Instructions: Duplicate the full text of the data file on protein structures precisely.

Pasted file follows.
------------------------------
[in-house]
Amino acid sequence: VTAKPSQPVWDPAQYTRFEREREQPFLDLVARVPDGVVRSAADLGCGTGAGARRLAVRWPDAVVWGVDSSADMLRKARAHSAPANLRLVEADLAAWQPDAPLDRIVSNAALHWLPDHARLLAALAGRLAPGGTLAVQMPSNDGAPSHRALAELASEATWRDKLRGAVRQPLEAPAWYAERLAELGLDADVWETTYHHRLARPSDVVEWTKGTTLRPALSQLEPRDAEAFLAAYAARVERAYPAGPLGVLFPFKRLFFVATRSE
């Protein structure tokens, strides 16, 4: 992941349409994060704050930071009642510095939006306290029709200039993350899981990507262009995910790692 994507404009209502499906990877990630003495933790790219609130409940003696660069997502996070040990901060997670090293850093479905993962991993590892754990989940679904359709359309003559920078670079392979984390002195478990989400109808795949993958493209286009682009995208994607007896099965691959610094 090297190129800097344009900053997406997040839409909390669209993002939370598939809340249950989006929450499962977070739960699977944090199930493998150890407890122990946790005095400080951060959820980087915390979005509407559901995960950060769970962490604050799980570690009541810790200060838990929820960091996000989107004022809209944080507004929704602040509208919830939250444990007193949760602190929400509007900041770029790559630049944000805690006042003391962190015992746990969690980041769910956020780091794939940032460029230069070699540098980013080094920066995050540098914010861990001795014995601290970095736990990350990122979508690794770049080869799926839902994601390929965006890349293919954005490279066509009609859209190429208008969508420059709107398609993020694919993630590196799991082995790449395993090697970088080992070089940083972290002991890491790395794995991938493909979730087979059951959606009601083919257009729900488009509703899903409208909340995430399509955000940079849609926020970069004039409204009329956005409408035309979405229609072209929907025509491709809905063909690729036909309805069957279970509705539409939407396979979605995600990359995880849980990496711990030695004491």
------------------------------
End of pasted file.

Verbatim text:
[in-house]
Amino acid sequence: VTAKPSQPVWDPAQYTRFEREREQPFLDLVARVPDGVVRSAADLGCGTGAGARRLAVRWPDAVVWGVDSSADMLRKARAHSAPANLRLVEADLAAWQPDAPLDRIVSNAALHWLPDHARLLAALAGRLAPGGTLAVQMPSNDGAPSHRALAELASEATWRDKLRGAVRQPLEAPAWYAERLAELGLDADVWETTYHHRLARPSDVVEWTKGTTLRPALSQLEPRDAEAFLAAYAARVERAYPAGPLGVLFPFKRLFFVATRSE
């Protein structure tokens, strides 16, 4: 992941349409994060704050930071009642510095939006306290029709200039993350899981990507262009995910790692 994507404009209502499906990877990630003495933790790219609130409940003696660069997502996070040990901060997670090293850093479905993962991993590892754990989940679904359709359309003559920078670079392979984390002195478990989400109808795949993958493209286009682009995208994607007896099965691959610094 090297190129800097344009900053997406997040839409909390669209993002939370598939809340249950989006929450499962977070739960699977944090199930493998150890407890122990946790005095400080951060959820980087915390979005509407559901995960950060769970962490604050799980570690009541810790200060838990929820960091996000989107004022809209944080507004929704602040509208919830939250444990007193949760602190929400509007900041770029790559630049944000805690006042003391962190015992746990969690980041769910956020780091794939940032460029230069070699540098980013080094920066995050540098914010861990001795014995601290970095736990990350990122979508690794770049080869799926839902994601390929965006890349293919954005490279066509009609859209190429208008969508420059709107398609993020694919993630590196799991082995790449395993090697970088080992070089940083972290002991890491790395794995991938493909979730087979059951959606009601083919257009729900488009509703899903409208909340995430399509955000940079849609926020970069004039409204009329956005409408035309979405229609072209929907025509491709809905063909690729036909309805069957279970509705539409939407396979979605995600990359995880849980990496711990030695004491």